CDC mulls smallpox vaccination scenarios

Questions and options on a difficult decision

The smallpox working group at the recent meeting held by the Centers for Disease Control and Prevention (CDC) reviewed a series of issues and questions in a draft document on smallpox vaccination options. Highlights of the document are summarized as follows:


If vaccination were provided pre-event, the rate of adverse events likely would be much lower as vaccination could be deferred for people who have contraindications. People who are immunocompromised because of cancer or its therapy, who have known HIV infection, or who are receiving immunosuppressive therapy can be identified readily and vaccination deferred.

People who are unaware that they are infected with HIV may be identified by questions regarding risk factors and serological testing. A history of eczema may be difficult to obtain because the prevalence is highest among infants and decreases rapidly during the preschool years; however, risk of severe reaction in an adult with a history of eczema only as an infant is likely lower than for other at-risk groups.

Deferring vaccination for household contacts of people at high risk and instructing vaccines regarding care of the vaccination site would decrease the risk of adverse reactions in contacts. Estimates of the rate of severe adverse reactions to smallpox vaccination are subject to substantial uncertainty.

Other, unpublished estimates have ranged from about < 40 to > 200 reactions per million vaccine doses administered. Population denominators for some high-risk conditions (e.g., eczema) are imprecise and the risk of severe reactions among people with the current range of immunocompromising conditions may differ from the risk experienced during the past.

Question 1

With no known cases of smallpox worldwide, should routine smallpox vaccination be re-introduced into the United States? That is, should there be any change in the current recommendation for not vaccinating people in the general population unless a smallpox bioterrorism event has occurred?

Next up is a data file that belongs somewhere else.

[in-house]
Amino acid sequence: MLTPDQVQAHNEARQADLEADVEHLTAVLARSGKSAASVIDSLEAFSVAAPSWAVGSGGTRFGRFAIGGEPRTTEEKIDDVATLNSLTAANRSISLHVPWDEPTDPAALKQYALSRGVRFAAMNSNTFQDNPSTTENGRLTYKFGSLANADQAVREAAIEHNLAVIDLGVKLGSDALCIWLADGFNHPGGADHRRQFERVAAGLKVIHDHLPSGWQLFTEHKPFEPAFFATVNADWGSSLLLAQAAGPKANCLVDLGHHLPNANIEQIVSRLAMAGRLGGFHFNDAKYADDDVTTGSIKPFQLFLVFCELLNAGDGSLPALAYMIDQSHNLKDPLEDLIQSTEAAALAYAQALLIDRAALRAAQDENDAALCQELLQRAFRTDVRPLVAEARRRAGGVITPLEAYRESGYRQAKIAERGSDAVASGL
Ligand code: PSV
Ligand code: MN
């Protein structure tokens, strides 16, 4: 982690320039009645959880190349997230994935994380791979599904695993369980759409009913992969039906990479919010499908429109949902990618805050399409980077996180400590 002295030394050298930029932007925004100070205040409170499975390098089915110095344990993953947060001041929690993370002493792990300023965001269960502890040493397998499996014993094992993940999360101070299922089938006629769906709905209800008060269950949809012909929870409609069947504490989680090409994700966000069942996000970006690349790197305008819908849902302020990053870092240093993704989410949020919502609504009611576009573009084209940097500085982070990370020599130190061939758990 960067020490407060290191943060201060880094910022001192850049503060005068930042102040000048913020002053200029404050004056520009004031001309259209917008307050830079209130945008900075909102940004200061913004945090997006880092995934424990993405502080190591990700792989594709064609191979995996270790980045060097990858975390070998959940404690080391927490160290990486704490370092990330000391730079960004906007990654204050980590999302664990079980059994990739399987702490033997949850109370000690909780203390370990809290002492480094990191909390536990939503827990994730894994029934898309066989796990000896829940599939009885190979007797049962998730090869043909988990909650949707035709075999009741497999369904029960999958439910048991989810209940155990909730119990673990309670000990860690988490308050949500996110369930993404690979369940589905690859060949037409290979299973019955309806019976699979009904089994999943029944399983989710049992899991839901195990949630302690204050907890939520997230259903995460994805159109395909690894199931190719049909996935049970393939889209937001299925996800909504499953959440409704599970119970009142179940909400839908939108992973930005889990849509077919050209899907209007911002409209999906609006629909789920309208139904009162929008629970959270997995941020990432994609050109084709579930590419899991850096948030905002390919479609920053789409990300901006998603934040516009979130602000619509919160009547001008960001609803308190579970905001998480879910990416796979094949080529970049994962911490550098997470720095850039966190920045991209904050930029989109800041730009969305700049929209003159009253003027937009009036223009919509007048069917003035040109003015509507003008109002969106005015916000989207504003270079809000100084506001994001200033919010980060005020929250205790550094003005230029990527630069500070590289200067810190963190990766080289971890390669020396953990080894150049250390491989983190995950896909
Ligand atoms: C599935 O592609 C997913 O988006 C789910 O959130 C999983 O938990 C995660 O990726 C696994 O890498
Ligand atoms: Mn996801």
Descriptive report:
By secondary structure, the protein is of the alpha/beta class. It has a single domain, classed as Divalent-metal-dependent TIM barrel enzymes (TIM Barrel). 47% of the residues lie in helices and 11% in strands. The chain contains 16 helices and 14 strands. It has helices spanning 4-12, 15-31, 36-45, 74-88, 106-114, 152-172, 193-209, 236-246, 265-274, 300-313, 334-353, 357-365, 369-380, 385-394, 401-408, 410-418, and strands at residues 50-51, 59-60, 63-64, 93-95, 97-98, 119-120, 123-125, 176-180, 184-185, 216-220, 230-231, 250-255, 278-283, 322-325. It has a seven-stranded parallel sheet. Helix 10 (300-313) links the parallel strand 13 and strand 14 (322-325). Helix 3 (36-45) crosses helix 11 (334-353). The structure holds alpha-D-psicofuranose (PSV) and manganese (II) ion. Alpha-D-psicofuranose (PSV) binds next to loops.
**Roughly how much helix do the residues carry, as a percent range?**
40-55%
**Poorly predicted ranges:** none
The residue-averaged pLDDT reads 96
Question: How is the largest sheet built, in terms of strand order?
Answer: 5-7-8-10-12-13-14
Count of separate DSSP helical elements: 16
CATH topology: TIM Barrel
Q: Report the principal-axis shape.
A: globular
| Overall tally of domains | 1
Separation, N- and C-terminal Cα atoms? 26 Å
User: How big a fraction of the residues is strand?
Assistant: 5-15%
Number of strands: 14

Option 1. There should be no changes in the current recommendation.

Option 2. Continue current recommendations for not vaccinating in the general population in the absence of a smallpox bioterrorist attack, but allow permissive or voluntary use of the vaccine for people in the general population who desire to be vaccinated despite the recommendation.

Option 3. There is no positive or negative recommendation. The committee is neutral but recommends that vaccine be available for individual choice.

Option 4. Routine vaccination is recommended, but there is a provision to opt out of taking the vaccine.

Question 2

Are there other occupational groups at the federal, state, or local level who should be vaccinated in a pre-attack setting in order to enhance preparedness?

Option 1. At the present time, there should be no vaccination of additional people at the state or local level. That is, the current recommendations as outlined in the Advisory Committee on Immunization Practices statement on the use of vaccinia vaccine published in June 2001 remain valid.

Option 2. Vaccination would be done from the smallest number of personnel to the largest number of personnel, and thought of as being done in an additive fashion. One needs to consider the likelihood of being exposed to smallpox, the importance of the occupation in dealing with smallpox, and the risk of vaccination to the individual.

Potential groups for immunization:

• pre-designated public health and medical personnel (including emergency department staff) who would be called upon to care for and treat smallpox patients in designated facilities;

• smallpox-response teams at the federal, state, and local levels who would be called upon to investigate smallpox cases, and contain outbreaks;

• selected first responders who would play a critical role in the control of an outbreak of smallpox;

• pre-designated personnel to maintain essential services;

• all health personnel;

• other first responders;

• others.

Option 3. State and local public health authorities are given a fixed amount of vaccine, and they determine who should be vaccinated within their state for preparedness and response enhancement.

(Editor’s note: The CDC options assume that there is a clear understanding of the risks; vaccines take appropriate care of their vaccine site; the product is available for use; there is sufficient vaccine immune globulin available; there is sufficient security; vaccines must be used under investigational new drug procedures until mid-2003; and there is appropriate screening for contraindications.)